Literature & Economy

Event Date: 

Thursday, June 2, 2016 - 12:00am to Sunday, June 5, 2016 - 12:00am

Event Location: 

  • Villanova University
  • Villanova
  • Philadelphia
  • Pennsylvania
  • Talk

Conference: 2016 Cultural Studies Association (CSA) Conference

The theme, Policing Crises Now, is prompted by and departs from the rich and diverse innovations and provocations of Policing the Crisis (1978), a groundbreaking work generated by a collective of scholars, including and facilitated by Stuart Hall. Those innovations and provocations include the collective nature of the research, the conjunctural/structural mode of analysis, the attention given to race, gender and sexuality in political-economic dynamics, as well as the analysis of intertwined statistical representations, media representations, legal proceedings and, of course, policing by police, as a response to a “crisis of hegemony.”

Taking up Policing Crises Now, in the current conjuncture, requires fresh theorization both of policing, in light, especially, of the potential elasticity of the metaphor, and of crisis in light of its diverse deployments in critical analysis, dominant political-economic practice, and popular culture. By pluralizing crises, we aim to open the scope of inquiry at this conference to include the full range of social, cultural, natural, political, and economic phenomena to which the term crisis has been attached. We also aim, under this rubric, to develop conversations engaged during our last conference about the structure of university work and employment, the ways knowledge production is constrained and enabled by austerity politics, neoliberal entrepreneurialism, the prominence of debt and risk, and the university as a site of policing of thought and political activism. It is our hope that this conference both builds from and enables collective knowledge production and research practices.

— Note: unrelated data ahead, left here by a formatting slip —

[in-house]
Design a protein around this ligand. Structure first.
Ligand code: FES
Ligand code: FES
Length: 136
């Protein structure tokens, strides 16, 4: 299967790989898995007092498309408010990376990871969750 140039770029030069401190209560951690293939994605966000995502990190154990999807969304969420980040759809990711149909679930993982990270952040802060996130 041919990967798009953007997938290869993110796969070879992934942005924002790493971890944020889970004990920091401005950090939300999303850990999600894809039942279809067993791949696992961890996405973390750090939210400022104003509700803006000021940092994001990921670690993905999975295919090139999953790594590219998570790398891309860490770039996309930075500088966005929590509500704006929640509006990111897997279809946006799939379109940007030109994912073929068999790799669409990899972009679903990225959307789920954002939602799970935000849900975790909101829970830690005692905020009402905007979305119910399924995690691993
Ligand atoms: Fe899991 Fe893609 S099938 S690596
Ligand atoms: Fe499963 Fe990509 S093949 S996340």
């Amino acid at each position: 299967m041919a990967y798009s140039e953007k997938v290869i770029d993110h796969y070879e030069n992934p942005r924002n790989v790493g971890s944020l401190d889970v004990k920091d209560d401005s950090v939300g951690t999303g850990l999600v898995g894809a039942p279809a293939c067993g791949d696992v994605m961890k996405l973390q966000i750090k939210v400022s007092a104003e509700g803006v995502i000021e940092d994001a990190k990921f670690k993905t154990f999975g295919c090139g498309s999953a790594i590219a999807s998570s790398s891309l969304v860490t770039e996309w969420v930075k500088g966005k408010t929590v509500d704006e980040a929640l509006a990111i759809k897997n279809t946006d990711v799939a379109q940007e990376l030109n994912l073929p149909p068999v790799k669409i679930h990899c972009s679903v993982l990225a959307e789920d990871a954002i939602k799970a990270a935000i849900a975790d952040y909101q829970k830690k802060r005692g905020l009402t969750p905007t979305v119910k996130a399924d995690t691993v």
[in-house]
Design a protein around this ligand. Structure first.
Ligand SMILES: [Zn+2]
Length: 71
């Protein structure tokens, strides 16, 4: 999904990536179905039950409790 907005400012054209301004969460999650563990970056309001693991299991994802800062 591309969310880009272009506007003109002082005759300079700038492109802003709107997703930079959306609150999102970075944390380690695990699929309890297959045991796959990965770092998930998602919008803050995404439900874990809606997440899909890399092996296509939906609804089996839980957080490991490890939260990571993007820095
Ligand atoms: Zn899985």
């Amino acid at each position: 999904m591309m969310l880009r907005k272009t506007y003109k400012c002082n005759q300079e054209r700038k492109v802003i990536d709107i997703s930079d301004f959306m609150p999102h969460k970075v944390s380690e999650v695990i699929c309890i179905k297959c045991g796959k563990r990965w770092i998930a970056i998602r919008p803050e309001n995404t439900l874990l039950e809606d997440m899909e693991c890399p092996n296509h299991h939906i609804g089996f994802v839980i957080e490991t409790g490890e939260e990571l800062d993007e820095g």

Topics that might be addressed include but are not limited to:

  • Collective research methodologies
  • Securitization, as deployed in financial and international relations/military/police contexts, and the relation between those uses
  • Risk, as deployed vis-a-vis individualized responsibility for physical danger, “at risk” populations, and as a central component of economic praxis
  • The NAACP journal, The Crisis, and its editor W.E.B. DuBois, especially their role in broadening the struggle against racial injustices 
  • Debt as policing practice and/or debtor as moralized subject position
  • Financial “crises” in the US, UK, Greece, Iceland, or other specific locations
  • Precarity, its locations and impacts, ranging from the minutiae of labor contracts to its impacts on social reproduction.
  • Policing of national borders against migration/refugees (in Europe now, but also many other times and locations)
  • Identity formations within and among historical and contemporary migrants as modes of subjection and resistance
  • Policing as a context of imperial convergence through shared strategies of rule, policy/arms transfers (i.e. U.S.-Israel), shared contexts of training.
  • Anti-Black police violence in the US (and elsewhere)
  • Media (old, new, social) representations of anti-Black police violence
  • Relation between incarceration and debt -- the revival of “debtor’s prison”
  • Activisms and rebellions against policing and prisons, recently in Ferguson, Baltimore, under the rubric of Black Lives Matter as well as or in relation to long standing efforts and organizations (especially local to Villanova or Philadelphia)
  • Representational strategies and strategic representations (by the state, by artists, by activists) of violence, debt, police.
  • Restructuring of universities for increased managerial control and insecuritization of faculty, etc.
  • Campuses as a historical context of policing politicization in the name of the public; the emerging context of campus privatization and securitization; new techniques, strategies, and rationales for campus policing.
  • Renewed campus regulation of sexuality, claims of sexual vulnerability, and sexual “securitization” of students.